Engineers discover robot design that can jump 200 meters

Engineers at the University of Manchester have unlocked the secrets of a robot design that can jump 200 meters. It can jump higher than any other jumping robot ever designed.

Engineers at the University of Manchester have unveiled a design that can jump higher than any other jumping robot ever designed. According to this design, the robot can reach a height of 200 meters.

It can jump twice as high as Big Ben

Using a combination of mathematics, computer simulations and laboratory experiments, researchers have discovered how to design a robot with an optimal size, shape and arrangement of parts that allows it to jump high enough to clear obstacles several times its size.

The highest existing jumping robot can reach up to 33 meters, equivalent to 110 times its own size. Now researchers have discovered how to design a robot that can jump 120 meters in the air (or 200 meters on the moon). This is more than twice the height of the Big Ben tower.

This advance will revolutionize applications ranging from planetary exploration and disaster recovery to surveillance of dangerous or inaccessible areas. Dr. John Lo, Research Fellow in Space Robotics at the University of Manchester, said: “Robots have traditionally been designed to move by rolling on wheels or using legs to walk.

But jumping provides an efficient way to travel where the terrain is challenging. While jumping robots already exist, there are many major challenges in the design of these jumping machines. Chief among them is jumping high enough to overcome large and complex obstacles. Our design will significantly improve the energy efficiency and performance of spring-driven jumping robots.”

The researchers found that conventional jumping robots often take off without fully releasing their stored spring energy, resulting in inefficient jumps and limiting their maximum height. They also found that they wasted energy by moving side-to-side or turning instead of moving upwards.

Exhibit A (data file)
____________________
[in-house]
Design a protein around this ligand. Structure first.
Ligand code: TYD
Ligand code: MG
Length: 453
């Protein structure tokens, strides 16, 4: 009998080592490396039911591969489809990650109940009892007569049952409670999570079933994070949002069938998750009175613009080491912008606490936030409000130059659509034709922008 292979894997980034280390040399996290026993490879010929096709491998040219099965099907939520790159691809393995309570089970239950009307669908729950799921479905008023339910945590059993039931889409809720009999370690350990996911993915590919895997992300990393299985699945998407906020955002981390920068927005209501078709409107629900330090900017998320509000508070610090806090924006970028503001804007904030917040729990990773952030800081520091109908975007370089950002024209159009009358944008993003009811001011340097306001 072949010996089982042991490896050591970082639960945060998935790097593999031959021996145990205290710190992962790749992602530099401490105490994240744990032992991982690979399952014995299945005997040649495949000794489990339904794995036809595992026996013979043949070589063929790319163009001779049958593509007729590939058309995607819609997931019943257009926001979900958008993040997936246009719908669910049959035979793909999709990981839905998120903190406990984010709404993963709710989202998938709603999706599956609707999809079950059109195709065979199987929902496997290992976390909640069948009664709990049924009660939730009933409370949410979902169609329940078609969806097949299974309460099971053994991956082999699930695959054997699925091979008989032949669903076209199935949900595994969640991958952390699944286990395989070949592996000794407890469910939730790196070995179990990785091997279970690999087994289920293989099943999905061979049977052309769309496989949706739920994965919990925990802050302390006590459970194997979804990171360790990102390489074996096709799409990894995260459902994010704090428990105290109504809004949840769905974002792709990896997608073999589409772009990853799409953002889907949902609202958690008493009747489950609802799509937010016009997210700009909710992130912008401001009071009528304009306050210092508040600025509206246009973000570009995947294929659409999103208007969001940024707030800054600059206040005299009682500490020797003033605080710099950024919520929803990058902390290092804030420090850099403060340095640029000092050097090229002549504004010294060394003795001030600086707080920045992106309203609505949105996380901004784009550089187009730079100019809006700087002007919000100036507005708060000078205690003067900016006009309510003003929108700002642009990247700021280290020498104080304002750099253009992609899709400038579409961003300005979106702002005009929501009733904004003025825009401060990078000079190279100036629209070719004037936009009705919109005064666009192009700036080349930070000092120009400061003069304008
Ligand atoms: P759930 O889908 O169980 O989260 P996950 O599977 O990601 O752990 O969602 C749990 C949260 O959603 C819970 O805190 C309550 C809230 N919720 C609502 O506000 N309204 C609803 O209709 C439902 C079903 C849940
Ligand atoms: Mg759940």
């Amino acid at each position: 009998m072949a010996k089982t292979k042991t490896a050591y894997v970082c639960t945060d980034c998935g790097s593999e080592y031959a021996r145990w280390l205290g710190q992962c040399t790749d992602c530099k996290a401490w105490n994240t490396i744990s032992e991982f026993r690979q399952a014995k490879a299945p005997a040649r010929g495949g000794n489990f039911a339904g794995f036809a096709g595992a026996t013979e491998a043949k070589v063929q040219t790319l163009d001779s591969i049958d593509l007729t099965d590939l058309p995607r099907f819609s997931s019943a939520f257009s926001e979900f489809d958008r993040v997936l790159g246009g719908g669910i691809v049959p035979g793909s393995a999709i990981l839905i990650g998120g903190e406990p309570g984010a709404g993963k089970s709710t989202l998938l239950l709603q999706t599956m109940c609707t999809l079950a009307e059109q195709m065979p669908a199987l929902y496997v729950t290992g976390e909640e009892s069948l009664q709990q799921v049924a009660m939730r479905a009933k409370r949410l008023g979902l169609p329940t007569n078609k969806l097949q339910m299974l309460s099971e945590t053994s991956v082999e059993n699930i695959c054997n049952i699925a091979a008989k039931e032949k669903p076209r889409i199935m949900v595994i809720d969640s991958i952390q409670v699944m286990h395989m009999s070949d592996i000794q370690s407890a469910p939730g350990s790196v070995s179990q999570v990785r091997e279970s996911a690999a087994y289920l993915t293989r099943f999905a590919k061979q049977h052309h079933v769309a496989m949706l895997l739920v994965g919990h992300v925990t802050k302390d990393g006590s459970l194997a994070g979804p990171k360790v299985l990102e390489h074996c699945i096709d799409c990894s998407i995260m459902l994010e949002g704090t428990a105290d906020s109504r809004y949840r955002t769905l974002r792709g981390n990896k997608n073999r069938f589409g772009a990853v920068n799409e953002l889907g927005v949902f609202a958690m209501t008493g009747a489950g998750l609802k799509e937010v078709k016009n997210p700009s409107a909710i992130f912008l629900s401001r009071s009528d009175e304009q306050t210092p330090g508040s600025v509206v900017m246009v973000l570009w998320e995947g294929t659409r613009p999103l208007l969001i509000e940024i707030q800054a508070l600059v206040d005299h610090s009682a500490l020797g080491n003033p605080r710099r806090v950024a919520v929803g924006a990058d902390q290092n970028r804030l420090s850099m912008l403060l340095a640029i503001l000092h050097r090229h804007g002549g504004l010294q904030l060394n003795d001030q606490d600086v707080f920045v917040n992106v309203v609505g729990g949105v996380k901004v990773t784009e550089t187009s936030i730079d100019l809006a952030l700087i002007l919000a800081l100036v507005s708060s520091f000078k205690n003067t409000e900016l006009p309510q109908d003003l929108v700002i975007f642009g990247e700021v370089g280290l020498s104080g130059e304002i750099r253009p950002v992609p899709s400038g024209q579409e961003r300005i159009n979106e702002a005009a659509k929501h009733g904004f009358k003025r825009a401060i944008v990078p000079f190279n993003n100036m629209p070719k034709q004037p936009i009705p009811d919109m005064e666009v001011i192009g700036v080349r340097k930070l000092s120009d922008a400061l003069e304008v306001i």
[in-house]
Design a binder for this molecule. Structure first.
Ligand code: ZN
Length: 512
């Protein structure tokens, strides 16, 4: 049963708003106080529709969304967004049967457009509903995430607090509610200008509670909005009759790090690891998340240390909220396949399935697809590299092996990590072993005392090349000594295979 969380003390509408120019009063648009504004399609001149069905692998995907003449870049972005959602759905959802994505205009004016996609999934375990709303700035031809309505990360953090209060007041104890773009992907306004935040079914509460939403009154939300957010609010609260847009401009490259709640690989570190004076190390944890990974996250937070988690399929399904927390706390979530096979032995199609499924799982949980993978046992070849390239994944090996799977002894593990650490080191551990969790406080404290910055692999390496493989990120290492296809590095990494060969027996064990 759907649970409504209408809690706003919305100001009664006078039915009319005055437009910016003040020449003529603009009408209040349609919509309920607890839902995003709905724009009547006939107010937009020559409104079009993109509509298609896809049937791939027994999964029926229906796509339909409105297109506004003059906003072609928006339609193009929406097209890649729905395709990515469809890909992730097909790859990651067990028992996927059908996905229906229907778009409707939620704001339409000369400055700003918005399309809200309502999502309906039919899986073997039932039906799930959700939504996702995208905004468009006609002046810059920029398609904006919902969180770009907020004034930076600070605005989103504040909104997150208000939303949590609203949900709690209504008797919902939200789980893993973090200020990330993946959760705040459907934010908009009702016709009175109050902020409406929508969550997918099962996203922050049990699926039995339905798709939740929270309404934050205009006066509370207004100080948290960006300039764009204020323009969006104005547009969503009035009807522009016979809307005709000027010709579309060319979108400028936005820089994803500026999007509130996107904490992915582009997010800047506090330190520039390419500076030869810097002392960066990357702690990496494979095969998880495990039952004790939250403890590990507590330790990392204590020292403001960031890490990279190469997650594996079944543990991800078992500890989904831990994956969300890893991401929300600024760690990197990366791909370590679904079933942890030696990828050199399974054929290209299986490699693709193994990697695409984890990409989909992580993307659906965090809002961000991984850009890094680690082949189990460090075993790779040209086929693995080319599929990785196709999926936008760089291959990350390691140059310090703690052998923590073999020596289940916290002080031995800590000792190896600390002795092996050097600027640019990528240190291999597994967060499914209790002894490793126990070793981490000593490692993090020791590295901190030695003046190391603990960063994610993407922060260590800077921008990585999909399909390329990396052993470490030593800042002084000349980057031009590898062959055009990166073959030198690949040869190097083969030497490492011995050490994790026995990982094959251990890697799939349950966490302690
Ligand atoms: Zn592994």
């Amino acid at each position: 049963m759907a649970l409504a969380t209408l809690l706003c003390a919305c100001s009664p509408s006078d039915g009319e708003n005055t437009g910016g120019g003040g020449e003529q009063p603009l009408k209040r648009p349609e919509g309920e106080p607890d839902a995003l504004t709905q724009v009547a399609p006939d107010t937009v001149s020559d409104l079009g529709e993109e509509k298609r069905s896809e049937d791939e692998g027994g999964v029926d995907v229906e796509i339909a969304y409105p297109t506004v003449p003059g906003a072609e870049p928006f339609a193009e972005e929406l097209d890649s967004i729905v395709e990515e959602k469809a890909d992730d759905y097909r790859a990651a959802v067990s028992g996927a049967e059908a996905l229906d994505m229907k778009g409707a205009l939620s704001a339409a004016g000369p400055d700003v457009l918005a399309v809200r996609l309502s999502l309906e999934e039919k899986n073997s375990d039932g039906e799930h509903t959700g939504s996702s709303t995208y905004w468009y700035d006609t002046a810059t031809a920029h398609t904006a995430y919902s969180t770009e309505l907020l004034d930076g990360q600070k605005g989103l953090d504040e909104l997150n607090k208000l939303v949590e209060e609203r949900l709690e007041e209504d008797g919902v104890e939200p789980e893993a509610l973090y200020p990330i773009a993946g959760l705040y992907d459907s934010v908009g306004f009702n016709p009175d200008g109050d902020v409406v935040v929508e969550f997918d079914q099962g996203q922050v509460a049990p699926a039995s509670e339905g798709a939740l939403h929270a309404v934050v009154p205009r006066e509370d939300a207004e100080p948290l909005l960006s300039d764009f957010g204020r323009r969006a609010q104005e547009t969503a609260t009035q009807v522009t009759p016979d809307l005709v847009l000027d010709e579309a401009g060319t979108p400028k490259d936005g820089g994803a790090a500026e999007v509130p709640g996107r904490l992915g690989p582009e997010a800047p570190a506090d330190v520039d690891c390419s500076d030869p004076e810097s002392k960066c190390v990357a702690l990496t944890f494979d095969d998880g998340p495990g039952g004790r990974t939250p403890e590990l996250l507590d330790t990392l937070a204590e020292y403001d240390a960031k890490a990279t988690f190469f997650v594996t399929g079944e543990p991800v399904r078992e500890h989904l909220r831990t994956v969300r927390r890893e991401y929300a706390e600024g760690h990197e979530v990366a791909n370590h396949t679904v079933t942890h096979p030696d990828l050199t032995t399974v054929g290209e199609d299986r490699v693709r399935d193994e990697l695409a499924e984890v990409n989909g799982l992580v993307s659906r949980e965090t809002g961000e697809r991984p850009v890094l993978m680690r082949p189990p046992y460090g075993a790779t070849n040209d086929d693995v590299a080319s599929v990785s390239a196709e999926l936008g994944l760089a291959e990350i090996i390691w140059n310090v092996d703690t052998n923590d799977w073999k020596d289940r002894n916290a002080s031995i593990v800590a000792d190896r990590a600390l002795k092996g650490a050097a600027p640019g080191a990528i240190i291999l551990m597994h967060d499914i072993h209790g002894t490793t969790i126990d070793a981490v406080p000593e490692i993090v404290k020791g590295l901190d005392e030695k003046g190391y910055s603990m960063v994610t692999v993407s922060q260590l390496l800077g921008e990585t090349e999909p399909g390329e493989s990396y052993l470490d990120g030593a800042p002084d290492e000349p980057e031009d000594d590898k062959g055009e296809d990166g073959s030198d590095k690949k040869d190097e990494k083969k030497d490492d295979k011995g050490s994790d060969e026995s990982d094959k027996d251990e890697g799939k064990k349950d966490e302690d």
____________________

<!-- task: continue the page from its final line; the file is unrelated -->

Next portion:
New designs should focus on eliminating these unwanted movements while maintaining the necessary structural strength and rigidity. Dr. Ben Parslew, Senior Lecturer in Aerospace Engineering, said, “There were many questions to answer and decisions to make about the shape of the robot. For example, should it have legs to push off the ground like a kangaroo, or should it look more like a designed piston with a giant spring?

Should it be a simple symmetrical shape like a diamond, or should it be more curved and organic? Then, once we have decided that, we need to think about the size of the robot. Small robots are light and agile, but large robots can carry larger motors for more powerful jumps, so is the best option somewhere in the middle?

Our structural redesigns redistribute the robot’s component mass upwards and taper the structure downwards. Lighter legs, prism-shaped and the use of springs that only stretch are features that we have shown improve the bouncing robot’s performance and, most importantly, its energy efficiency.”

While the researchers have found a viable design option to significantly improve performance, their next goal is to figure out how to use the kinetic energy from its landing to control the direction of the jumps and increase the number of jumps the robot can make in a single run.

Ece Nagihan

Hi, I'm Ece. I am a writer for Expat Guide Turkey and I strive to create the best content for you. To contact me, you can send an e-mail to Happy reading!

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